Ambient Interfaces

It is becoming clear that the presence of connected devices in the home is inevitable. I've joined forces with Modem and Yujie Wang, human-computer interaction researcher at MIT, to explore what a less intrusive, less demanding version of the user interface at home could be like. Ambient Interfaces imagines a domestic UI that complements the human environment, rather than imposing itself upon the habitants.

→ Read the full paper at Modem

This UI draws upon the aesthetic of Japanese zen gardens, displaying the real-time locations of a household’s members by tracing elegant circular patterns on thin layers of pebble stones, with computer-guided metal ball bearings representing each individual.

Inspired by the traditional Chinese art of Dishu, this ambient UI writes an ephemeral haiku on bathroom wall tile every morning, providing information about that day’s weather. The wall tile is actually a computer-controlled drip system that generates the haikus using clear water as ink.

This adaptive UI invokes ancient sundials, synthesizing personal health metrics to reflect an individual’s current state in the form of artificially-reproduced sunlight and shadows displayed on a room’s walls, and producing a calming effect in response to detected stress.
 

haiku_map

Regardless of technological advancements, the home’s enduring purpose remains the same: to shelter its human inhabitants and to facilitate the wide variety of activities and tasks that they perform within. Metaphors like “a machine for living” attest to this broad purpose and describe its constantly evolving nature. Interfaces, along with digital technology itself, are recent additions to the domestic environment. Because their incorporation into the home has too often been haphazard and suboptimal, serving the needs of the devices themselves more than the humans who use them, this technology has not yet fulfilled its potential. By creating ambient interfaces according to a more intentional set of design principles, we can rectify this imbalance and affirm the home’s proper role as a support system for the humans who live within — making it a true operating system for living.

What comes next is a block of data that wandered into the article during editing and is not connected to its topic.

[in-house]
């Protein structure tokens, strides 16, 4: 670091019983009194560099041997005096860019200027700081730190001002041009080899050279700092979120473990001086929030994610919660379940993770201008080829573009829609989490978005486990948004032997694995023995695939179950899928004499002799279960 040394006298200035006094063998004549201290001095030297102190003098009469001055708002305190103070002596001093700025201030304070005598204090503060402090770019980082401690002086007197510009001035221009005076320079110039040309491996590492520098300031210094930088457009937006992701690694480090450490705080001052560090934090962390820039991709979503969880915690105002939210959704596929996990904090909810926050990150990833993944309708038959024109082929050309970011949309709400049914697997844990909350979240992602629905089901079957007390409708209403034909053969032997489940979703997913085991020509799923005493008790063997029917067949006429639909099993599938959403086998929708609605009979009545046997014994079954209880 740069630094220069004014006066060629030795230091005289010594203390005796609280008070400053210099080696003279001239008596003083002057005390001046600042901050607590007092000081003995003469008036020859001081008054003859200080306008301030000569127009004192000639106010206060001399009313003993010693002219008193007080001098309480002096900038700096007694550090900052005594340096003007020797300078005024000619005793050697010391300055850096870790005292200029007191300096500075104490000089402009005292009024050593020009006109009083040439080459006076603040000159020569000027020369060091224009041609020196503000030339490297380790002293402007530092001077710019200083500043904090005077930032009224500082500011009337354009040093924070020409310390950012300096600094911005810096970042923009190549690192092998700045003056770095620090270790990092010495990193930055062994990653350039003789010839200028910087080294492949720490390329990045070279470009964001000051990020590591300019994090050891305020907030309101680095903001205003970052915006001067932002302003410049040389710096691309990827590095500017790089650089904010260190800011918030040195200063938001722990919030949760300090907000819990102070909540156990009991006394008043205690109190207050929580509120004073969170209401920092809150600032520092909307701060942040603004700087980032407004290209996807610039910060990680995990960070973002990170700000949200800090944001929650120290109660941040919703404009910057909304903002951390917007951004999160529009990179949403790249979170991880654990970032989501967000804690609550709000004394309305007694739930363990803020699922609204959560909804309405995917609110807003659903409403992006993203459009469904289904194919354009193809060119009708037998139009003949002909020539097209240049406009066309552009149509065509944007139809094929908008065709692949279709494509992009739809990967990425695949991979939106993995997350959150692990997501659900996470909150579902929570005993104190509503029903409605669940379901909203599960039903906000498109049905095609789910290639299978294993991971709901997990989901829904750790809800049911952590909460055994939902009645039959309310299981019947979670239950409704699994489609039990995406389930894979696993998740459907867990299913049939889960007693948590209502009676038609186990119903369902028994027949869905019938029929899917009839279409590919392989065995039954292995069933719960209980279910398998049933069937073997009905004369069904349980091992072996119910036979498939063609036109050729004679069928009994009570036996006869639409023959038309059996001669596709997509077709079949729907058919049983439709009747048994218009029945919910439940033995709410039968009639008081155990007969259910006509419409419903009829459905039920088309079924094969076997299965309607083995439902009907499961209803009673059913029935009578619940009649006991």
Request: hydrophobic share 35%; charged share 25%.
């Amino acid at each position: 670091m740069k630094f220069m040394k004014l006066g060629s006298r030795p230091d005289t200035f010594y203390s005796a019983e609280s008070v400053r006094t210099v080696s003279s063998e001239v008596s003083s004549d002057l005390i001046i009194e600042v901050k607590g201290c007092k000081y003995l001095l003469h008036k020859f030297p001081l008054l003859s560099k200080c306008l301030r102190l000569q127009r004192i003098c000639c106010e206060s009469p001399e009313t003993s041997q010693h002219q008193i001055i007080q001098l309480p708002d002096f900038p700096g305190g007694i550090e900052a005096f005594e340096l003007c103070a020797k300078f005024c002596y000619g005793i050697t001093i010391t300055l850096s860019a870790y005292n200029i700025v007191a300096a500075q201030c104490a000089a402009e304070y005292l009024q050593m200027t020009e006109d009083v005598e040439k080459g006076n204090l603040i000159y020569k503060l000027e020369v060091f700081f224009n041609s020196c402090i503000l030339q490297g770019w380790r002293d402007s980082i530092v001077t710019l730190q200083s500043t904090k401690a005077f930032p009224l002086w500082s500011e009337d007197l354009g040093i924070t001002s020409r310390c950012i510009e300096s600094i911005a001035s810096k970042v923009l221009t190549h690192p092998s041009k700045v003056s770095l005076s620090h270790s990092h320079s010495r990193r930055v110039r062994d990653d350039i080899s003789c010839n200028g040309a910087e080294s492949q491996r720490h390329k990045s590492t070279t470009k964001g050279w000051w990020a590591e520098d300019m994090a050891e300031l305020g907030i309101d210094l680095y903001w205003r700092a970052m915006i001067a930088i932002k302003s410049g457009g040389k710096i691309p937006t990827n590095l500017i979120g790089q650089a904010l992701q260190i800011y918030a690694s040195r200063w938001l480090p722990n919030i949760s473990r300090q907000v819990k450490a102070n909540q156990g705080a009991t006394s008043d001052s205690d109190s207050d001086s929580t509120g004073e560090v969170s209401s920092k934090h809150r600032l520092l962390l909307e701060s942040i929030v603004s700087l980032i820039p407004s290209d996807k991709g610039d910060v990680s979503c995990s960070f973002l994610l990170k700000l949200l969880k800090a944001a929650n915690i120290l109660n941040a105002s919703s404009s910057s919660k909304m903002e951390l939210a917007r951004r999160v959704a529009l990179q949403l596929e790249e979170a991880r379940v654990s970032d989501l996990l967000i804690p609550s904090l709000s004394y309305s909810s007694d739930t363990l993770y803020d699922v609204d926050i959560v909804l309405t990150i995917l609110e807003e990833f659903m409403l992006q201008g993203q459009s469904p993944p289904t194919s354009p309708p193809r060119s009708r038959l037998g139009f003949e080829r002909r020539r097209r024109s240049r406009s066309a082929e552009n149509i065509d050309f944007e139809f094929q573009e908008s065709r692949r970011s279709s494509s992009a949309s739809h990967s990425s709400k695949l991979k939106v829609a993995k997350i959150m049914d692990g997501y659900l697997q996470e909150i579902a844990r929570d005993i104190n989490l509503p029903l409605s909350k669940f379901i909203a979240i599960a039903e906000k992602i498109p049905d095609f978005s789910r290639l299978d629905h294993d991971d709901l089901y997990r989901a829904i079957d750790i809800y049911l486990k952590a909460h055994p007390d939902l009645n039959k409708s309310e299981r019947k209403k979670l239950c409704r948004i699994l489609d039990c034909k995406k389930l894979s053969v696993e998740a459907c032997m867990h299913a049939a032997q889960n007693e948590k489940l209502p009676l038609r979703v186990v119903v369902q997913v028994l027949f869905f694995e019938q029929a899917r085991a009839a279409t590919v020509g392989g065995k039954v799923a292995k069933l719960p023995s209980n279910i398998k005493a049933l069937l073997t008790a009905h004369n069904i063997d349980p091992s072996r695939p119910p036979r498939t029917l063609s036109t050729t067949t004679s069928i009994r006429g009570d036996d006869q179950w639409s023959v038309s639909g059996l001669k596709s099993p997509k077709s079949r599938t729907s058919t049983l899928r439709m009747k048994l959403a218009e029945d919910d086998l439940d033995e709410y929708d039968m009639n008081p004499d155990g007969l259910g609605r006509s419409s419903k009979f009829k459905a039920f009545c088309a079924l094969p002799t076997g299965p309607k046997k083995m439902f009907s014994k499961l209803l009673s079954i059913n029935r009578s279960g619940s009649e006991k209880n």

→ Read the full paper at Modem

Year
2022

Type
UX & Motion design

Project
Direction by Modem
Design Principles by Yujie Wang
Text by Drew Austin

Selected Works

Buoyant WatchProject type

Topographic StampsProject type

Swarm of PodsProject type

CENT-RProject type

Head in the CloudsProject type

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